As the last remaining White Star Line vessel in existence, SS Nomadic has had an exciting and turbulent past! From her time spent serving RMS Titanic, to wartime heroics and disco nights as a restaurant in Paris, to her beautiful restoration at her birthplace in Belfast, the famous tender ship has exceeded all expectations!
But what do you know about some of the other tenders in White Star's fleet?
We take a look at some of our favourites...
SS Traffic (1911 – 1941)
Launched just 2 days after her sister ship, SS Nomadic, on the 27th April 1911 Traffic (Yard No. 423) was purpose built to serve the Olympic-class ships. Based in Cherbourg alongside Nomadic, Traffic carried third class passengers as well as cargo, mail and baggage out to White Star Line vessels for more than 15 years, marking her place in history on 10th April, 1912 when she served RMS Titanic.
Traffic and Nomadic came as a pair and continued to serve as tenders through World War I when they carried American, British and Canadian soldiers out to waiting troop transport vessels. In 1927, both ships were sold to Société Cherbourgeoise Transbordement who renamed Traffic as Ingenieur Riebell.
Traffic was put to the test in World War II where she was separated from Nomadic and scuttled by the French navy in an attempt to block Cherbourg port from the Germans. However, the German navy salvaged Traffic and restored her to be used as an armed coastal convoy. Sadly, Traffic met her fate as she was torpedoed and sunk in 1941.
PS Ireland & PS America (1891)
Like SS Nomadic, both of these White Star ships played a key role in the Titanic story. Based in Queenstown, Ireland, both PS Ireland and PS America worked as tenders to transfer 123 passengers – 63 men and 60 women out to RMS Titanic, for many of whom Queenstown was a gateway to the new world. Read more about the Queenstown Connection here.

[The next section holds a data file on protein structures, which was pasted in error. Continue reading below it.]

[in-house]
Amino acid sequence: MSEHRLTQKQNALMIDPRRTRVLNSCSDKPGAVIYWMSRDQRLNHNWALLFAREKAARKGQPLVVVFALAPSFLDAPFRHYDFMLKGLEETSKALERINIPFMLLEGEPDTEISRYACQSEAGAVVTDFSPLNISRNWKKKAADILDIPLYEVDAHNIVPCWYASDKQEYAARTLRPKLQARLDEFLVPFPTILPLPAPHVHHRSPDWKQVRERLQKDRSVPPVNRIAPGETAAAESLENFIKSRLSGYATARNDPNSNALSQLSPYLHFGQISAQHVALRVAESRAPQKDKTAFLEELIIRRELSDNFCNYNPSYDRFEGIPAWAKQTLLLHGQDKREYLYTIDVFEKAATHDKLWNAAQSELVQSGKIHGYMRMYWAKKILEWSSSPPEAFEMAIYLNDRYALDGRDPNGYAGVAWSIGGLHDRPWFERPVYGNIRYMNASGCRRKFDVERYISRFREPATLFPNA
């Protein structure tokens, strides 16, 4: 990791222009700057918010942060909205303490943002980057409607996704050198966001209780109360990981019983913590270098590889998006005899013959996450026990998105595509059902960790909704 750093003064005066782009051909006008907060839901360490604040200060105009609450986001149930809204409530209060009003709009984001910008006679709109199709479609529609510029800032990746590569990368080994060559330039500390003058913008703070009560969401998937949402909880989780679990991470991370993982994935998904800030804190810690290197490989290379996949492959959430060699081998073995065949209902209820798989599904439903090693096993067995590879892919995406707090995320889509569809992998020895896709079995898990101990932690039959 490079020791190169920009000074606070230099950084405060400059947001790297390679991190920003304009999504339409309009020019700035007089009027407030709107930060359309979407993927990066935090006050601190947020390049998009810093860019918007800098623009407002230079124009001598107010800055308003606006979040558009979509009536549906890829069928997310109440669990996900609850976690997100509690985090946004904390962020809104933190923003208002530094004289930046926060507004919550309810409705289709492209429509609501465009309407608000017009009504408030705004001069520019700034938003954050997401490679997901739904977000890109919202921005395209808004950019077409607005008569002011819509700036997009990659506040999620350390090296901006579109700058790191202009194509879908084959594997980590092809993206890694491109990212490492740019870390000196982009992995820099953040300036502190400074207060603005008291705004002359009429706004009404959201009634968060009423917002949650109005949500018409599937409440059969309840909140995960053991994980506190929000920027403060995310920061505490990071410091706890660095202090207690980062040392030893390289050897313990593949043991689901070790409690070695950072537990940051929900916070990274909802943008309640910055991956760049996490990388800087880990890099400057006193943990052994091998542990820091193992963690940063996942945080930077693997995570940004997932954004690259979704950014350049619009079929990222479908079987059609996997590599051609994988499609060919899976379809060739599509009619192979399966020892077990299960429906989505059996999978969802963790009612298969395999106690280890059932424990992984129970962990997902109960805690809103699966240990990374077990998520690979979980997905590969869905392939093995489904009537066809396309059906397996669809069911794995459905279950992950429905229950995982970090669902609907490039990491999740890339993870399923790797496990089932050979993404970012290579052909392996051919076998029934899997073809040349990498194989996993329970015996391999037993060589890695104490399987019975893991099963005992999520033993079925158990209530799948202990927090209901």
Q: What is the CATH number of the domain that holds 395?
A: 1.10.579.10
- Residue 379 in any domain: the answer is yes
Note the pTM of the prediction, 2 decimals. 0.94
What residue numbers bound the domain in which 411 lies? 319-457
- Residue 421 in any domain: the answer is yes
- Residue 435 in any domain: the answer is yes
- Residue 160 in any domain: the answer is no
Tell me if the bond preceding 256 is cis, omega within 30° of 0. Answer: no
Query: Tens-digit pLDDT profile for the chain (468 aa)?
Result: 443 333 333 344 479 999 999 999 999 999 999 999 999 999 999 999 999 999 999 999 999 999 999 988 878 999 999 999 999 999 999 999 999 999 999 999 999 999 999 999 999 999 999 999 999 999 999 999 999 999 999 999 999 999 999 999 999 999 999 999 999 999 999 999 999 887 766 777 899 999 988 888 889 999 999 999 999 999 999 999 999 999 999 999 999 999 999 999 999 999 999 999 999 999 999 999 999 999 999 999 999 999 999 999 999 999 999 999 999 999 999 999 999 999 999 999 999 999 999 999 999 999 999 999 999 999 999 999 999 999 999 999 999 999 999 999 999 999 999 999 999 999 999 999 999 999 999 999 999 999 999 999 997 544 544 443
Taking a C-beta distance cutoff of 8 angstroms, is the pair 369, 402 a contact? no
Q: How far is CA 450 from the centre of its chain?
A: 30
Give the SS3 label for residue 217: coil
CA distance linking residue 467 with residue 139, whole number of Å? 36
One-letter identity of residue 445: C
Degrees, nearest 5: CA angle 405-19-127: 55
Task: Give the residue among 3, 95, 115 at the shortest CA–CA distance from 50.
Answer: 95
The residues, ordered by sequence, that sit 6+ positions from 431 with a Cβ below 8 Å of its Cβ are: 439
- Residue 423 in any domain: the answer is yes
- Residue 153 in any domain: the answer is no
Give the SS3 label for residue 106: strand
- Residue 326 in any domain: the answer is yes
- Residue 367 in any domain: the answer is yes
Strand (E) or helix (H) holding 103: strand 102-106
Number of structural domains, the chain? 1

Unfortunately the fate of these paddle wheel steamships is unknown; it is assumed that they were broken up over time.
SS Magnetic (Yard No. 269) can be seen on Titanic Belfast's wall of ships!
SS Magnetic (1891 – 1935)
One of the first in White Star’s tender team, SS Magnetic was built and launched in 1891. During her time serving White Star Line, Magnetic was based in Liverpool as a passenger tender also carrying out duties as a water carrier and a tow boat. A highlight of Magnetic's career came in 1897 when she served as a tender to SS Teutonic at Spithead Review to mark celebrations of Queen Victoria’s Diamond Jubilee!
From 1903, Magnetic served RMS Baltic exclusively as a tender. Unfortunately, in 1925 a fire broke out on board forcing Magnetic to be beached in Liverpool for essential repairs and resulted in her eventual sale to the Alexandra Towing Company of Liverpool in December 1932 who renamed the vessel Ryde. Here she continued tendering duties for 3 years before being scrapped.
SS Gallic (1894 – 1913)
SS Gallic was a paddle wheel steamship built in 1894 - originally named 'SS Birkenhead' by John Scott & Co. she served as a ferry in Liverpool before being purchased by White Star Line in 1907.
Renamed Gallic I, she served as a tender for 5 years at Cherbourg, however she was rapidly replaced by SS Nomadic and Traffic who were built to serve the grand Olympic class liners of the time due to the increase of large ships in White Star Line’s fleet.
Gallic I remained as a baggage tender for a short period of time; however she could not compare to the elite new tenders of the time and was eventually scrapped in 1913.
Slipway No. 1 where SS Nomadic was built, as seen in Titanic Belfast!
To discover more of the White Star Line story visit the Titanic Experience and SS Nomadic - the world's last remaining White Star vessel and the largest Titanic artefact in the world.